— CZ (not giving crypto away) (@cz_binance) 22 марта 2018 г.

Really big deal

Japan and Binance are both extremely important to the cryptocurrency sector. Japan presently has the largest Bitcoin trading volume in the world, with 56% of Bitcoin trades denominated in yen. Meanwhile, Binance is the largest cryptocurrency exchange in the world, by volume, with $1.7 bln in trades over the last 24 hours. Many of the top altcoins are heavily traded on Binance; the exchange is #5 by volume for Ethereum, #7 by volume for Litecoin, and #1 by volume for NEO.

Carrot and stick

Japan seems to be adopting a carrot-and-stick approach to dealing with Bitcoin. Last spring they made Bitcoin a legal payment method, but shortly thereafter began imposing licensing requirements on cryptocurrency exchanges. The strategy seems to be to offer an olive branch, then bring on the regulation. Put differently, Japan’s government seems to have some faith in cryptocurrency, but only so long as it remains within the nation’s existing regulatory framework. “Rogue” Bitcoiners must be shut down with alacrity.

 

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🎤 Interviews Katya Michaels

Future of Crypto is Selective Transparency: Rob Viglione of ZenCash on Privacy Protocols

🎤 Interviews
As concern about government grows, privacy coins are attracting more attention. But are they a promising investment or a haven for criminals?
Future of Crypto is Selective Transparency: Rob Viglione of ZenCash on Privacy Protocols
Contents

 

In the past few months, the news on cryptocurrency regulation has brought uncertainty and skepticism to the cryptocurrency market. The reality of impending regulation runs contradictory to the principles of decentralized cryptocurrencies, putting privacy focused coins in the spotlight.

However, privacy coins, even more so than Bitcoin itself, are perceived by many regulators and consumers as vehicles for facilitation of criminal activities. CryptoComes spoke to Rob Viglione, co-founder of ZenCash, for a more nuanced look at what privacy coins are today and what they could become in the future.

How privacy coins work

Katya Michaels: What makes a privacy focused coin different from “regular coins”? Are transactions handled in a different way?

Rob Viglione: One issue with Bitcoin that we started realizing early on was that it’s really not that private. All of the transactions are linked, which is the whole point of the Blockchain, and everything is public in the ledger where anyone can look at it.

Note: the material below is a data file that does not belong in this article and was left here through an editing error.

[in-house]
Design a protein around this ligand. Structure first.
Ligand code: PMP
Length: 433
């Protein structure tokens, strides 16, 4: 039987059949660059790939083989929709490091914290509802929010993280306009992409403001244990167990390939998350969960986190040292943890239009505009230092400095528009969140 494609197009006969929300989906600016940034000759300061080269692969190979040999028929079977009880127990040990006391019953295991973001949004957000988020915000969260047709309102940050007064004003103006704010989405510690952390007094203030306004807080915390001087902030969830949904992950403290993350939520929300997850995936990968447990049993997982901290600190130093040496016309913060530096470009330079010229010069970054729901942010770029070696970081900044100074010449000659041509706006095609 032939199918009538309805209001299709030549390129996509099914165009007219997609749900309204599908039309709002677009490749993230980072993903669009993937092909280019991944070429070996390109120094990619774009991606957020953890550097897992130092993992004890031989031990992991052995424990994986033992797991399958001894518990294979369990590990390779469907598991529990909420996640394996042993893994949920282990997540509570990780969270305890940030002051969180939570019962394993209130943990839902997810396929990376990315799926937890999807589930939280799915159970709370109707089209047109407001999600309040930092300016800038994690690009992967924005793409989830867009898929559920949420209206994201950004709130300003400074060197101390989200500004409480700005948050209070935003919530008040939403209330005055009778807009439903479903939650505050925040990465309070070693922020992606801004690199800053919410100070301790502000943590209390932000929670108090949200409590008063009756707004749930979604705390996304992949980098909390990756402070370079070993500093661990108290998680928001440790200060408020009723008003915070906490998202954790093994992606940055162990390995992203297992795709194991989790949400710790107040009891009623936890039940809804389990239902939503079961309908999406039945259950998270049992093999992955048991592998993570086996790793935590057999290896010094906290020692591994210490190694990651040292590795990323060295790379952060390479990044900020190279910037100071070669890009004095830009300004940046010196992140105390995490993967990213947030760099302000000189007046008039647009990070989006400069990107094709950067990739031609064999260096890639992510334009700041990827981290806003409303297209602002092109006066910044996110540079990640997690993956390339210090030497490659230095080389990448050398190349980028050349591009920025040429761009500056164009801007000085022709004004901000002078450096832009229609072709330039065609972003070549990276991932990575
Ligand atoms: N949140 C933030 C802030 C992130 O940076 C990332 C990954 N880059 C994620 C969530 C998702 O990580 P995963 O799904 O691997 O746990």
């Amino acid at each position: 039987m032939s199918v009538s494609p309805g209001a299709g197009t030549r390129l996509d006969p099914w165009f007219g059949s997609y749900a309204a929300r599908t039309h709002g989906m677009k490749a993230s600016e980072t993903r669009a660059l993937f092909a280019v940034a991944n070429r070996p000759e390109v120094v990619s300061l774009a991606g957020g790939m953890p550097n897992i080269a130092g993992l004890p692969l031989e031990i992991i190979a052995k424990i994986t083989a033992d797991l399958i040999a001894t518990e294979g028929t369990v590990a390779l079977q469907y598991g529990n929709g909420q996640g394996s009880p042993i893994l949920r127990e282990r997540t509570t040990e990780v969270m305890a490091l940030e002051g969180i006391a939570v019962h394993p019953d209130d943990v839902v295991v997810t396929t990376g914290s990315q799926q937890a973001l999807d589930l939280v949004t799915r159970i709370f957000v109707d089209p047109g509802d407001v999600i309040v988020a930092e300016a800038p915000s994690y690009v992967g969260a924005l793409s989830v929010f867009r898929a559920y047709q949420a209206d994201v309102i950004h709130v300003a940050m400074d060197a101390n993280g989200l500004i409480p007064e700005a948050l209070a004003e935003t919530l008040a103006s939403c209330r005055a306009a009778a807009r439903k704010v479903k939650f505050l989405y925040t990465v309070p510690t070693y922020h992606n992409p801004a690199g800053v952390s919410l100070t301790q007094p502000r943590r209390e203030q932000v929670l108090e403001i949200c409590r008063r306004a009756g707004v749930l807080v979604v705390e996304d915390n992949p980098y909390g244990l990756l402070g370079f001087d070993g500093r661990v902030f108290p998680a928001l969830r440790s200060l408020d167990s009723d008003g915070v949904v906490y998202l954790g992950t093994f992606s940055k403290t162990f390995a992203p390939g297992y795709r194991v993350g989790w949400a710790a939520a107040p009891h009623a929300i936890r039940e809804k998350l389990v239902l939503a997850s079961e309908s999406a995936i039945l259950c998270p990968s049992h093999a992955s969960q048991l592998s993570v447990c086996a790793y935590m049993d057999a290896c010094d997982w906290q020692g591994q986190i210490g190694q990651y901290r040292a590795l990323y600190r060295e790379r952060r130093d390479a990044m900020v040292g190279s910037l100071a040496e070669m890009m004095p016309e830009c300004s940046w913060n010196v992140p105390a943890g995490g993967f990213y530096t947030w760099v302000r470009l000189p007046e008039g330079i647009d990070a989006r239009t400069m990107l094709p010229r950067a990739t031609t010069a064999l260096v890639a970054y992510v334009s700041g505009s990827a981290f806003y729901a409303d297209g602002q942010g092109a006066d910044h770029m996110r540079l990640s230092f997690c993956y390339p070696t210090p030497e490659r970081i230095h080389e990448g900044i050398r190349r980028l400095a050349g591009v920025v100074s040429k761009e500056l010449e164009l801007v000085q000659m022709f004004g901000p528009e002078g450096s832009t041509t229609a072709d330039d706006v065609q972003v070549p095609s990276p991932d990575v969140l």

As soon as you link one transaction to an identity, you can backtrack the entire chain to figure out every single transaction. This is a big deal because there are a lot of people who just don't want what they're doing to be publicly broadcast to the world.

Initially, transactions were mixed to obfuscate who is doing what. Then, there was the realization that individual transactions could be adapted for mixing, and also that mixing could be done at the protocol level. We could mix every transaction that ever, ever happened with other transactions.

Then, this other class of cryptography evolved, called zero-knowledge cryptography. This transformed the entire aspect of the transaction, so you can't even see who is sending money, to whom or for what amount.

What we are doing at ZenCash now is not just currency transactions, but an encrypted chat protocol where you can’t see any aspect of the communication. That’s a bit of the evolution of where we've come as an industry and where we are right now.

KM: There are other coins, ZCash specifically, that use the zk-SNARKS protocol. But you feel there is a way to build on and improve that technology for increased privacy and safety?

RV: I think that what ZCash did with zero-knowledge cryptography and zk-SNARKs is groundbreaking, so that technology itself is probably sufficient for most privacy use cases. What we are doing is building not just a cryptocurrency, but an entire platform based on zk-SNARKs technology.

So, basically, if you go to “https” on the web, you are creating a secure communication tunnel. We've done the same thing on our protocols with secure nodes - you can have a secure tunnel between the client and the node, or node to node, creating a secure encrypted network over which zk-SNARKs transactions occur. Our goal is a privacy oriented ecosystem, and this is just the infrastructure that runs the ecosystem.

Race for the TCP/IP of crypto

KM: On that subject, what do you think are the major components of crypto infrastructure that are defining the industry now and for the next few years?

RV: What might be different today versus the 1990s when TCP/IP started proliferating, is that we are actually starting to build standards that can make interoperability a reality. For instance, our R&D partner IOHK is actually building out an interoperability standard that cryptocurrencies like ourselves could adopt and use to speak to other protocols.